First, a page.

Given that everything else from the kitchens at Jöro was so accomplished, it was very odd - not to mention a bit of a surprise - that the bread was so disappointing. Pappy and dry, it wasn't stale as such - at least I don't think that was the issue - it was just nowhere near as good as it should have been. There must be better bakeries out there - I've heard good things about Forge on Abbeydale Rd - so let's hope the house bread offering gets a makeover some time soon.

Anyway we were soon back on track with the scallops. With neat discs of seafood dressed speckled with vibrant parsley oil, and sprinkled with horseradish and samphire, it was as pretty as it was deceptively complex, all the various summer herbs and dressings combining in such a way as to not have any one stand out but allowing the scallop - cured in elderflower vinegar, which just removed the 'flabbiness' of raw scallop without destroying the freshness - to still be the main flavour.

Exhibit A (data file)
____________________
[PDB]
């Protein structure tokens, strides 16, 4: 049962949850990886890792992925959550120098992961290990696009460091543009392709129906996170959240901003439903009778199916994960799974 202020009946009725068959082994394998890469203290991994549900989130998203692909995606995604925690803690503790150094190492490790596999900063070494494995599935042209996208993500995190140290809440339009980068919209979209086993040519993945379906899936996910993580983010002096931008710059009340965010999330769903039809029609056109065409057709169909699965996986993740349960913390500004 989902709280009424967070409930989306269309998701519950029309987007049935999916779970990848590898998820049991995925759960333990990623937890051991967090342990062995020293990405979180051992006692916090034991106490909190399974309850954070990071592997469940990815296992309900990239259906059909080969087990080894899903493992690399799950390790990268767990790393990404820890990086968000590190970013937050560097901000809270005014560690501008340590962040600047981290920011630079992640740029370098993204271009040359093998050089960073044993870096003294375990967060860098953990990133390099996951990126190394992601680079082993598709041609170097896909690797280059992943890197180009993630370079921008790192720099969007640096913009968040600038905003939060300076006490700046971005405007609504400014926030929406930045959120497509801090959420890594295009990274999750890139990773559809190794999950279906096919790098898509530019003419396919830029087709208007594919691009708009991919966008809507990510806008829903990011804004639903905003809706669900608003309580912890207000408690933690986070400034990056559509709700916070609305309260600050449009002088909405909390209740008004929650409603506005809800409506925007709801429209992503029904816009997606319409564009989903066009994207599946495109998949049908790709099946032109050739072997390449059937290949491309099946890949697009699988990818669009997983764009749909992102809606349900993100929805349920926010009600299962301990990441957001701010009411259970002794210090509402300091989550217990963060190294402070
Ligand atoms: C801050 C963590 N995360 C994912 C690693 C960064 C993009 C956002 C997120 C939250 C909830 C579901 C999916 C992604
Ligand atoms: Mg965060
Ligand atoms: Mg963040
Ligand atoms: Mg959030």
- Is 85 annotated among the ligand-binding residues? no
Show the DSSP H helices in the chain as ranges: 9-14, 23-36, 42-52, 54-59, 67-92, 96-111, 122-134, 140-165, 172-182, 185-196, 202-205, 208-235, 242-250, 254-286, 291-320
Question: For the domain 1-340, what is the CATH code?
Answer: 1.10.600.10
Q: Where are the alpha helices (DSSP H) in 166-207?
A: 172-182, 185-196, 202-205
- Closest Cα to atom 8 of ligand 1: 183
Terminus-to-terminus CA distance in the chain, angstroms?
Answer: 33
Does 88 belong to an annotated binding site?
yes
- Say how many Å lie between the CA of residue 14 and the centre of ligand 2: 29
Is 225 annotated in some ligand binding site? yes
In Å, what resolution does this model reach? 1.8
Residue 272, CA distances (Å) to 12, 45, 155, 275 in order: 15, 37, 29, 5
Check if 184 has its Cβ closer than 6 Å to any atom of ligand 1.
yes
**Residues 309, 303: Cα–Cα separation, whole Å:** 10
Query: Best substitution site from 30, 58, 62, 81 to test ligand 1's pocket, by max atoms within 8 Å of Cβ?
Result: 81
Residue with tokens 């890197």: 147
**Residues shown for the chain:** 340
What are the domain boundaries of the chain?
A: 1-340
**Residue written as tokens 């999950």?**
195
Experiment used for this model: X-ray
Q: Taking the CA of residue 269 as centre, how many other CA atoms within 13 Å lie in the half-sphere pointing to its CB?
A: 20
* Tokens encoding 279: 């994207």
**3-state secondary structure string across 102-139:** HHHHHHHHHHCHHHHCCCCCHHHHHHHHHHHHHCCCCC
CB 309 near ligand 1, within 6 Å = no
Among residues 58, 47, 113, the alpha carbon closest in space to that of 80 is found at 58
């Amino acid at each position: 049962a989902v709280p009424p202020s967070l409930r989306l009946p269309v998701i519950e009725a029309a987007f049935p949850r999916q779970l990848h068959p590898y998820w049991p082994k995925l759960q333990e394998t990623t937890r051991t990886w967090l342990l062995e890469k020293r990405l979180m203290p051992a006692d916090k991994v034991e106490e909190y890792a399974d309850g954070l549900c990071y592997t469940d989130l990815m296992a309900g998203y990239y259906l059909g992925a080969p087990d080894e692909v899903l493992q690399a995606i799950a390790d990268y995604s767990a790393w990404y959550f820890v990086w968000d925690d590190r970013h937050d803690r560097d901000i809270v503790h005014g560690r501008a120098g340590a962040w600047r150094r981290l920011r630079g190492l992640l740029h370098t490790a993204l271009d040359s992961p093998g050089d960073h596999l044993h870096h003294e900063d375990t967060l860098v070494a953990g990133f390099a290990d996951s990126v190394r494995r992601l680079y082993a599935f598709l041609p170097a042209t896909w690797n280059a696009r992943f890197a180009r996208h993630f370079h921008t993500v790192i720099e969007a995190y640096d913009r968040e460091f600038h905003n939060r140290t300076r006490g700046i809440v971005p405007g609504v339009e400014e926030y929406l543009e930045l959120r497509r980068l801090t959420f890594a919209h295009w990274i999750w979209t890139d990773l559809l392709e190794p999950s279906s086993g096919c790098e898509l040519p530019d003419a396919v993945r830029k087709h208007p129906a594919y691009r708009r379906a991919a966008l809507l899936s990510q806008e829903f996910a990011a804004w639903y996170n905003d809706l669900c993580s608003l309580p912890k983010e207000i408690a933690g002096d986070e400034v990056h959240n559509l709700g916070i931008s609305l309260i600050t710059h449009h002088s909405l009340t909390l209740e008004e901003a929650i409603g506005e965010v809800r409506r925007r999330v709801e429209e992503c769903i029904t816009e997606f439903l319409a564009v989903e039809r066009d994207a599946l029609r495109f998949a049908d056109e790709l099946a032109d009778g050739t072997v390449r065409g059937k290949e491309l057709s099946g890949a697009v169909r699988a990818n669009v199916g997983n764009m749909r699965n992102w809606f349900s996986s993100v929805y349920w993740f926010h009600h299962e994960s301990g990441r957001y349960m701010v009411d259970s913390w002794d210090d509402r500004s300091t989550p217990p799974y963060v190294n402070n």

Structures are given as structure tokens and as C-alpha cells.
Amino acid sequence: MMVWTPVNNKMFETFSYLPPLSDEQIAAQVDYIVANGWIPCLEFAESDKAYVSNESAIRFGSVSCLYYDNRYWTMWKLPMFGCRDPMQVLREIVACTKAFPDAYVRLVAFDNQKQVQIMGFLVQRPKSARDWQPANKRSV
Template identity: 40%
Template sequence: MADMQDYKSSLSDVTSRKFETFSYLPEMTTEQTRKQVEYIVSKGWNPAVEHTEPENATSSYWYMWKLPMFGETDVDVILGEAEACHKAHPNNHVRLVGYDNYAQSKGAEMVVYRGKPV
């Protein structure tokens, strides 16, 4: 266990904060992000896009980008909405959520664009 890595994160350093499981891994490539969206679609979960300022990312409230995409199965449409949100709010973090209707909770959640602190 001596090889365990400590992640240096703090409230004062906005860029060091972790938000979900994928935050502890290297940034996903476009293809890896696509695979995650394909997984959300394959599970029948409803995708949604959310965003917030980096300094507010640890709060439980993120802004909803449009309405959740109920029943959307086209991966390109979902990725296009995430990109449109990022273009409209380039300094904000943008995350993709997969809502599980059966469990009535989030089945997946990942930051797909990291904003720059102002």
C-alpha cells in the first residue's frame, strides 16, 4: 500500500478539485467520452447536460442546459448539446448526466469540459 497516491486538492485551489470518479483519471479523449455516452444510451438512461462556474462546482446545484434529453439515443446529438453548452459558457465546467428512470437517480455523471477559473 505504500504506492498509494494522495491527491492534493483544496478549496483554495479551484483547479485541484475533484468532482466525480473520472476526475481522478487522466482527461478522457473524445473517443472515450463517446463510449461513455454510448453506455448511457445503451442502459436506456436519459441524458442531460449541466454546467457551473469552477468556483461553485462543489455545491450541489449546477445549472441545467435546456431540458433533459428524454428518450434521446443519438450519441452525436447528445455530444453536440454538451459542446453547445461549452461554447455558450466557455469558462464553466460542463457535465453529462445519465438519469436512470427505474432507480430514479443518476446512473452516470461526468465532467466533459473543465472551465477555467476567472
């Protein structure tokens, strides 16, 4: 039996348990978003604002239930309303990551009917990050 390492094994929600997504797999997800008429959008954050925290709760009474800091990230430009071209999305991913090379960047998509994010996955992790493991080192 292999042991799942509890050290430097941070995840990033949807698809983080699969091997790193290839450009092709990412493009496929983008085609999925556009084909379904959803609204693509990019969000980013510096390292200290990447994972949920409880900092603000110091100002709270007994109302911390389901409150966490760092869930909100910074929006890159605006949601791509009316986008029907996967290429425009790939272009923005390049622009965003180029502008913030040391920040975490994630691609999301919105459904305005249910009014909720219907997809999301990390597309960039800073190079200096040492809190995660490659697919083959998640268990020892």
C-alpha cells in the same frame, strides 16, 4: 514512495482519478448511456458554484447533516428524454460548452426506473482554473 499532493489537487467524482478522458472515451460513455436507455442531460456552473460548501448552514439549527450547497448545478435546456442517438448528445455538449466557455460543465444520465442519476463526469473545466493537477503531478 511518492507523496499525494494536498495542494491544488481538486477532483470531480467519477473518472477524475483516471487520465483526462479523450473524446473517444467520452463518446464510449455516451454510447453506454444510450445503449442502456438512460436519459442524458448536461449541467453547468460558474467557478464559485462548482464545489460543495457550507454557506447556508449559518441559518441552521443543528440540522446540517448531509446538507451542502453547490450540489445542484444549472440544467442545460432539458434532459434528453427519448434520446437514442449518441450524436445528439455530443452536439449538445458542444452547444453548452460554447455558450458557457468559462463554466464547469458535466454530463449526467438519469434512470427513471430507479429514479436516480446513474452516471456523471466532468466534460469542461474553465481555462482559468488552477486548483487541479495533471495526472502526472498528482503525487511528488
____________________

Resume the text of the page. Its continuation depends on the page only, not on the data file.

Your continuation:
Similarly barbecued pork neck glazed in some kind of sweet/sour, umami-rich Japanese dressing, its intense flavours cooled by pressed cucumber and texture added with toasted cashews. Japanese flavours featured in several of the courses at Jöro, and although jumping around global cuisines runs the risk of being confusing or disjointed, the sensitive and only occasional use of things like yuzu or dashi at Jöro makes perfect sense. It's also worth pointing out that the wine that this course came matched with, a Riesling I think, very cleverly matched the sugar levels in the pork with just the right amount of sweetness, producing a clean, crisp effect that was quite something.

In this broccoli dish, the vegetable blackened and smokey from the grill, paired with a blob of irresistibly addictive black garlic paste and topped with a generous dusting of very good Vacche Rosse Parmesan. By this point, you'll probably guess, we were having a blast. Inventive, exciting cooking like this, presented with flair and skill by an extremely competent front of house team, doesn't along very often, but the knowledge we were going to be sent home stuffed, drunk and happy for around £70 a head made the whole atmosphere even more giddy. As I scooped up the last of the black garlic I began making plans to rent a flat in Kelham Island and spend long, lazy days in the Fat Cat pub drinking pints of £3.40 local ales.